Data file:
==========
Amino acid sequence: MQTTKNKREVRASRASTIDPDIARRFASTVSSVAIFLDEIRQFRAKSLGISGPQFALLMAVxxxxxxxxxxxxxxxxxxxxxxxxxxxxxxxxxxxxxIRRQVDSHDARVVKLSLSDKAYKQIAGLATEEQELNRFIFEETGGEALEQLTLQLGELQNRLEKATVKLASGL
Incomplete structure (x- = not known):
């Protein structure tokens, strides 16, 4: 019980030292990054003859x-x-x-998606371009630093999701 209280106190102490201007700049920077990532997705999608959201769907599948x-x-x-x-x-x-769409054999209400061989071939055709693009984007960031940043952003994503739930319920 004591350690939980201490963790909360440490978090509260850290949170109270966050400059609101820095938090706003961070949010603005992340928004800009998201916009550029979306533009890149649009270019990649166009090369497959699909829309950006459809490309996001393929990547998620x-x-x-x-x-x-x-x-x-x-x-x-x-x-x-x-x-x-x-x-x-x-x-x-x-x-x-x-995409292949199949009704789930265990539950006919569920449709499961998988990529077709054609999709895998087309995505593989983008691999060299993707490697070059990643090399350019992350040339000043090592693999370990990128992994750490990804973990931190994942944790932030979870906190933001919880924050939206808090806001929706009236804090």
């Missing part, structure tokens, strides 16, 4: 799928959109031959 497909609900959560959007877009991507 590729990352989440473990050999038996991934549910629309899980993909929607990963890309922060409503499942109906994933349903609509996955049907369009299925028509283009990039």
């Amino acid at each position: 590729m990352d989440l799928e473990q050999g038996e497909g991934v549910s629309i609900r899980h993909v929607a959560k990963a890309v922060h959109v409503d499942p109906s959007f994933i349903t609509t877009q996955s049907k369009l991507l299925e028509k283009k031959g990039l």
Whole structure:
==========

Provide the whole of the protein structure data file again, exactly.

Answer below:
Amino acid sequence: MQTTKNKREVRASRASTIDPDIARRFASTVSSVAIFLDEIRQFRAKSLGISGPQFALLMAVxxxxxxxxxxxxxxxxxxxxxxxxxxxxxxxxxxxxxIRRQVDSHDARVVKLSLSDKAYKQIAGLATEEQELNRFIFEETGGEALEQLTLQLGELQNRLEKATVKLASGL
Incomplete structure (x- = not known):
């Protein structure tokens, strides 16, 4: 019980030292990054003859x-x-x-998606371009630093999701 209280106190102490201007700049920077990532997705999608959201769907599948x-x-x-x-x-x-769409054999209400061989071939055709693009984007960031940043952003994503739930319920 004591350690939980201490963790909360440490978090509260850290949170109270966050400059609101820095938090706003961070949010603005992340928004800009998201916009550029979306533009890149649009270019990649166009090369497959699909829309950006459809490309996001393929990547998620x-x-x-x-x-x-x-x-x-x-x-x-x-x-x-x-x-x-x-x-x-x-x-x-x-x-x-x-995409292949199949009704789930265990539950006919569920449709499961998988990529077709054609999709895998087309995505593989983008691999060299993707490697070059990643090399350019992350040339000043090592693999370990990128992994750490990804973990931190994942944790932030979870906190933001919880924050939206808090806001929706009236804090």
């Missing part, structure tokens, strides 16, 4: 799928959109031959 497909609900959560959007877009991507 590729990352989440473990050999038996991934549910629309899980993909929607990963890309922060409503499942109906994933349903609509996955049907369009299925028509283009990039």
């Amino acid at each position: 590729m990352d989440l799928e473990q050999g038996e497909g991934v549910s629309i609900r899980h993909v929607a959560k990963a890309v922060h959109v409503d499942p109906s959007f994933i349903t609509t877009q996955s049907k369009l991507l299925e028509k283009k031959g990039l």
Whole structure: